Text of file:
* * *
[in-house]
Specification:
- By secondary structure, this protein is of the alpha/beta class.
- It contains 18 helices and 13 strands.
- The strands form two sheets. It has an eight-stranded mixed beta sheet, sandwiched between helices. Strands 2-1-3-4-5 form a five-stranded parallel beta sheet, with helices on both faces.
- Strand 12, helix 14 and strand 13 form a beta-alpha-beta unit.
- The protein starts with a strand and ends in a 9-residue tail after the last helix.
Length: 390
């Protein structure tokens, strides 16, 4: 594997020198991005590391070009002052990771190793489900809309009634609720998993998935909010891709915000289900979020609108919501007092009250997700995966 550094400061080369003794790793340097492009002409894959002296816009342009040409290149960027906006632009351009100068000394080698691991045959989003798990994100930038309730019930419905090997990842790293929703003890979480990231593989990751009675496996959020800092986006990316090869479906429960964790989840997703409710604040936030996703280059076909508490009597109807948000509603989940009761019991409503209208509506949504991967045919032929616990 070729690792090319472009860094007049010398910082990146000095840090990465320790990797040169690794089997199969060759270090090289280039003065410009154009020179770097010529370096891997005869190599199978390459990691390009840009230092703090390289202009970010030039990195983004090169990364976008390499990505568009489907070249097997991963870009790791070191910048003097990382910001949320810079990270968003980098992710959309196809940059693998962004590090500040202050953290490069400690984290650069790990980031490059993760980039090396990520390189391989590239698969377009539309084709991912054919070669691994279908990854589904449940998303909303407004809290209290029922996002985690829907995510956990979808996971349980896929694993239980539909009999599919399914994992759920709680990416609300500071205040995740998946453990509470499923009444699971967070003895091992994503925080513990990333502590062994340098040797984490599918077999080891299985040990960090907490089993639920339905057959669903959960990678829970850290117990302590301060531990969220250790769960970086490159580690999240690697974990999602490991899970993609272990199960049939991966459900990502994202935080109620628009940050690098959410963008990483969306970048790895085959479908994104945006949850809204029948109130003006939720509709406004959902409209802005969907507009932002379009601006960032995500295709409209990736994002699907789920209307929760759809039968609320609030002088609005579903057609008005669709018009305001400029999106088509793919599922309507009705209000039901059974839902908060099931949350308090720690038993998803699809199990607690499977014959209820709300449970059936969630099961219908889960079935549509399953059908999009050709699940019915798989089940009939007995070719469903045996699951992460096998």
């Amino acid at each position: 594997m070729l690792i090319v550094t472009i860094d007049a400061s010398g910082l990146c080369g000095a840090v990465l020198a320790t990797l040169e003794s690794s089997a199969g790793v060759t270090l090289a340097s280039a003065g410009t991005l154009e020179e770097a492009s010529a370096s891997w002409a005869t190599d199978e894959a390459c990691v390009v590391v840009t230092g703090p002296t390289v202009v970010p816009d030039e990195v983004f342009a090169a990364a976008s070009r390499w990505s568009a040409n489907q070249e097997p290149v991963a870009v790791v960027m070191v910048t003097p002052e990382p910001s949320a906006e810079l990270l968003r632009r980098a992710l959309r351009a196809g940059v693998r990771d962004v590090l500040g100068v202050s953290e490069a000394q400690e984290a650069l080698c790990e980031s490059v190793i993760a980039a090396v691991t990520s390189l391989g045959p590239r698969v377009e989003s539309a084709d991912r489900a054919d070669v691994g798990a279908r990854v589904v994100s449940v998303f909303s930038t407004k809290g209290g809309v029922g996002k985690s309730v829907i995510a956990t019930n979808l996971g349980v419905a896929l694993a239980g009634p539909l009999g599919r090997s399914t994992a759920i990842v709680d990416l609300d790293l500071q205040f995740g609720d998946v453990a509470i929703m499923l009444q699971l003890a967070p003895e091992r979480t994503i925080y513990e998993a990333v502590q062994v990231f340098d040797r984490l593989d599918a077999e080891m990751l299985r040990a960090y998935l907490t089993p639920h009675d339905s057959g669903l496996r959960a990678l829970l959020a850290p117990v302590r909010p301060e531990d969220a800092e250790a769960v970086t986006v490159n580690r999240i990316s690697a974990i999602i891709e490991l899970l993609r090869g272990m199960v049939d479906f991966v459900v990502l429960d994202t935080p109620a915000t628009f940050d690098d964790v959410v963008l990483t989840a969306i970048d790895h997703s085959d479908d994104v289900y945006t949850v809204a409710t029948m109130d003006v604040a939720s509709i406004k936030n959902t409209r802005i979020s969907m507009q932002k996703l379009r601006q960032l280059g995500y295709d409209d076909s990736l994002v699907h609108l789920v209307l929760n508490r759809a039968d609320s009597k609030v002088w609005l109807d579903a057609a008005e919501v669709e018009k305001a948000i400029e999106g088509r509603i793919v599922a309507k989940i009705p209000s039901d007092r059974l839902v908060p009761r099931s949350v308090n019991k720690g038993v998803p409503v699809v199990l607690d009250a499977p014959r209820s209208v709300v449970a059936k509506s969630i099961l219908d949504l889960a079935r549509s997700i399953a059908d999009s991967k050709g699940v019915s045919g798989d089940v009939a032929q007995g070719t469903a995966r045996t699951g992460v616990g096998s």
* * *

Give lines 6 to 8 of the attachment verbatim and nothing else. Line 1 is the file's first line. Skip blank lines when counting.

- Strand 12, helix 14 and strand 13 form a beta-alpha-beta unit.
- The protein starts with a strand and ends in a 9-residue tail after the last helix.
Length: 390